Former UN water advisor condemns Botswana’s treatment of Bushmen

August 5, 2010

Maude Barlow’s attack comes a week after the UN declared water a fundamental human right. © IISD

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Maude Barlow, former UN advisor on water, ‘Alternative Nobel’ prize winner and founder of the Blue Planet Project, has condemned the Botswana government’s failure to allow Bushmen to access water.

Barlow’s remarks come a week after the United Nations declared water a fundamental human right, and two weeks after a Botswana High Court judge ruled that the Kalahari Bushmen cannot access a water borehole on their lands.

‘Last week, the UN General Assembly declared that everyone, everywhere, has the right to water’, Barlow said. ‘But now the world witnesses one of Africa’s most prosperous countries denying its first inhabitants the right to sink a well, while promoting mining and safari camps just a few miles away. It’s hard to imagine a more cruel and inhuman way to treat people. One can only conclude Botswana’s authorities view Bushmen as less important than wildlife. Many people around the world will be horrified at what they’re seeing.’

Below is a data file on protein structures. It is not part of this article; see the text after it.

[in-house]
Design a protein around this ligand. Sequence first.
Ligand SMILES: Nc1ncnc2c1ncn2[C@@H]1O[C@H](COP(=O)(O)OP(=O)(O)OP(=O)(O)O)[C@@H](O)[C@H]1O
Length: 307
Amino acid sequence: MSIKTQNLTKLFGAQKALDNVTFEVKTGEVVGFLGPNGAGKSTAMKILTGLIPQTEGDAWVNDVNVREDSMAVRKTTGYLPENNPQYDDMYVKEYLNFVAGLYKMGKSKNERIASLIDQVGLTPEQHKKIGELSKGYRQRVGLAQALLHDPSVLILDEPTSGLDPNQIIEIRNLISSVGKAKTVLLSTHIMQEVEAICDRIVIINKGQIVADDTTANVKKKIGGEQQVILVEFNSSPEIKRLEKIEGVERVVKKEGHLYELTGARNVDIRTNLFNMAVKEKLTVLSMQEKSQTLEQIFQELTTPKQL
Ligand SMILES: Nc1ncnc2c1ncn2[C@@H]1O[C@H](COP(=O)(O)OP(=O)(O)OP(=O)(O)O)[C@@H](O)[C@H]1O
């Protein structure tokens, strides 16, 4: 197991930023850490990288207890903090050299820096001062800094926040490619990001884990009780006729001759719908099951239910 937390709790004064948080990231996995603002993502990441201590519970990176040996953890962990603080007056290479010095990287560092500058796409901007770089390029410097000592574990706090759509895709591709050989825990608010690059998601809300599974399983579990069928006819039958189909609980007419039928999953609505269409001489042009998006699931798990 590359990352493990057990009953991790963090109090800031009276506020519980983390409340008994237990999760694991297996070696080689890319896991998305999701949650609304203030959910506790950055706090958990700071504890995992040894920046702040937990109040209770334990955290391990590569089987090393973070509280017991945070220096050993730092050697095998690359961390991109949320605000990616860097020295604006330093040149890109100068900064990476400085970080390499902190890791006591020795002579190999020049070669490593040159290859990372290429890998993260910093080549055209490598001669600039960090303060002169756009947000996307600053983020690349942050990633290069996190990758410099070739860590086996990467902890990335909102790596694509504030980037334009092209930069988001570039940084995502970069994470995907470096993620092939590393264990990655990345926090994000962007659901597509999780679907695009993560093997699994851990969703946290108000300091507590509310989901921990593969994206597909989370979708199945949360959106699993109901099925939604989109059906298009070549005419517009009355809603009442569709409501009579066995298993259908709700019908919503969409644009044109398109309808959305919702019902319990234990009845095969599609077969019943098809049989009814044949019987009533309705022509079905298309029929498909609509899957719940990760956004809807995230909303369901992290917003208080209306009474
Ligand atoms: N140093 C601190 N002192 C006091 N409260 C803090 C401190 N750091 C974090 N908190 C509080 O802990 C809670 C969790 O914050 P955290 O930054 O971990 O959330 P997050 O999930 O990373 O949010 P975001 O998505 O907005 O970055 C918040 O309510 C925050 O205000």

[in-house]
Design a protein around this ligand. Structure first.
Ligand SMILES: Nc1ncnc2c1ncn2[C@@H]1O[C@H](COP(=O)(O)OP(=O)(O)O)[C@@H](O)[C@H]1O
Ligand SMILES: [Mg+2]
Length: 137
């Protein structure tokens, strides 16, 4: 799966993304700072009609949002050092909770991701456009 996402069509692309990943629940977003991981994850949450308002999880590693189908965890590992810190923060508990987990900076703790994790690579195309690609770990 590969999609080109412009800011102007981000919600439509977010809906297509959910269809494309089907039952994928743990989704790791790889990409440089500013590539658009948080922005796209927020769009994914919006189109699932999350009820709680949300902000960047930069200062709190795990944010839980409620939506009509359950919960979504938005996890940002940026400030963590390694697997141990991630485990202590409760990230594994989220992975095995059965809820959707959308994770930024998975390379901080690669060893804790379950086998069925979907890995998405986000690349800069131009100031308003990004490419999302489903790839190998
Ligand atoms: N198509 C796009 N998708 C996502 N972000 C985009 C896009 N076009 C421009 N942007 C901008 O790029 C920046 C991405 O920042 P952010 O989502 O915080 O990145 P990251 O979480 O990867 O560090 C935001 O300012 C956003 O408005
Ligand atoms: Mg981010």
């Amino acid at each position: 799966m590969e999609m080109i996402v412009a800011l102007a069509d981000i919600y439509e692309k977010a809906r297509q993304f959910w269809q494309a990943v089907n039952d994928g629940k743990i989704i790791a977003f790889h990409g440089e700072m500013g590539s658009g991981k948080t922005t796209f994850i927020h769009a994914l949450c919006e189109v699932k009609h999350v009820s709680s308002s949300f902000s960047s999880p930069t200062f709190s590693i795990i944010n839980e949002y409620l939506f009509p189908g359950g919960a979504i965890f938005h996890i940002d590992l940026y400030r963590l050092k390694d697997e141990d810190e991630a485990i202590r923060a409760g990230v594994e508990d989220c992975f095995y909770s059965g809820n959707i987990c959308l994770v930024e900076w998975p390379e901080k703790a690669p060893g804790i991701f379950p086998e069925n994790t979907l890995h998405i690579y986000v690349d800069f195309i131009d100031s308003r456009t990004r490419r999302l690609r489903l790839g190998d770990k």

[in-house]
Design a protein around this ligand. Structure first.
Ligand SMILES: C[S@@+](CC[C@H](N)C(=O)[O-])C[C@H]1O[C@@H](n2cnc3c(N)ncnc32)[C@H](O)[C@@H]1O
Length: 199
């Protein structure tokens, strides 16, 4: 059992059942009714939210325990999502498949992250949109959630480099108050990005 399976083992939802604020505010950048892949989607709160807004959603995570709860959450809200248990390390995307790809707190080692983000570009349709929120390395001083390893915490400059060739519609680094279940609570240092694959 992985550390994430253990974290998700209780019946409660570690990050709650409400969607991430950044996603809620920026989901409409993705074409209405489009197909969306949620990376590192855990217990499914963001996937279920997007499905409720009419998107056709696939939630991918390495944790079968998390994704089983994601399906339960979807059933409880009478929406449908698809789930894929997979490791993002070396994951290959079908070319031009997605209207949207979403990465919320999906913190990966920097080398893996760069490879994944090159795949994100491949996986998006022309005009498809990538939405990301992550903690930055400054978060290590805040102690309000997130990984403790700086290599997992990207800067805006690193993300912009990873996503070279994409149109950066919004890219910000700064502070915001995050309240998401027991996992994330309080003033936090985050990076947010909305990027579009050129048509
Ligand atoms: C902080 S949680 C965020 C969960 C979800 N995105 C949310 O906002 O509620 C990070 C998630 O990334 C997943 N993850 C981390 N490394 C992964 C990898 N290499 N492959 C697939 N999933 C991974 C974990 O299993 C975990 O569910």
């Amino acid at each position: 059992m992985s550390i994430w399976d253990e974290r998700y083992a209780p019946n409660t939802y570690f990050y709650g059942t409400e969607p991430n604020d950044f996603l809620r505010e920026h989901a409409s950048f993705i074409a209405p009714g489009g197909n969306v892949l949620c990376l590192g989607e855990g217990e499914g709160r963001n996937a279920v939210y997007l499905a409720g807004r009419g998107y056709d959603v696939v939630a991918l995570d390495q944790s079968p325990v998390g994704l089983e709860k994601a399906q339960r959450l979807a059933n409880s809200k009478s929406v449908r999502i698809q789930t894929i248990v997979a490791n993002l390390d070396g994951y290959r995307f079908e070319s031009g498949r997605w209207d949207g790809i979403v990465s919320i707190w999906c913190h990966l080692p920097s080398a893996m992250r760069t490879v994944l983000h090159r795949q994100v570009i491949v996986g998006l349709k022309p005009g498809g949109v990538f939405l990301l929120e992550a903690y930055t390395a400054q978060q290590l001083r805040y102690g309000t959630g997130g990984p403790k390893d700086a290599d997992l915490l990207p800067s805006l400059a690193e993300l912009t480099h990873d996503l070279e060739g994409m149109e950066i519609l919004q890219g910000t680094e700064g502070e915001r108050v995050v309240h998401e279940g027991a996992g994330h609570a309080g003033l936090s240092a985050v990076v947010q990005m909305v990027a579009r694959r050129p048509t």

The 192-member Assembly passed a resolution on July 28 that declares access to water as ‘essential to the full enjoyment of life and all human rights’, after receiving 122 votes in favour of the resolution. 41 countries abstained from voting, including Botswana.

Just a week before the resolution was passed, a Botswana High Court judge dismissed the Bushmen’s application for permission to use a borehole on their lands inside the Central Kalahari Game Reserve. Without it, they are forced to make arduous journeys to fetch water from outside the reserve, made all the worse by the government’s recent move to ban some Bushmen from entering the reserve by donkey, which they use to transport water.

In contrast to the UN’s affirmation that states bear the responsibility for the ‘promotion and protection of all human rights,’ Judge Walia expressed sympathy for the government’s argument that ‘having chosen to settle at an uncomfortably distant location, [the Bushmen] have brought upon themselves any discomfort they may endure.’

The Botswana government sealed the Bushmen’s water borehole when it evicted them from the reserve in 2002. Four years later, the Bushmen won a landmark High Court ruling that said they had been evicted illegally and that they have the right to live on their ancestral lands inside the reserve.

However, the government refuses to allow the Bushmen to re-commission the borehole, in a bid to prevent them from exercising their constitutional right to live in the reserve. At the same time, it has drilled new boreholes for wildlife only and allowed the opening of a luxury Wilderness Safaris lodge on Bushman land complete with swimming pool and bar for tourists.

The Bushmen are likely to appeal the ruling.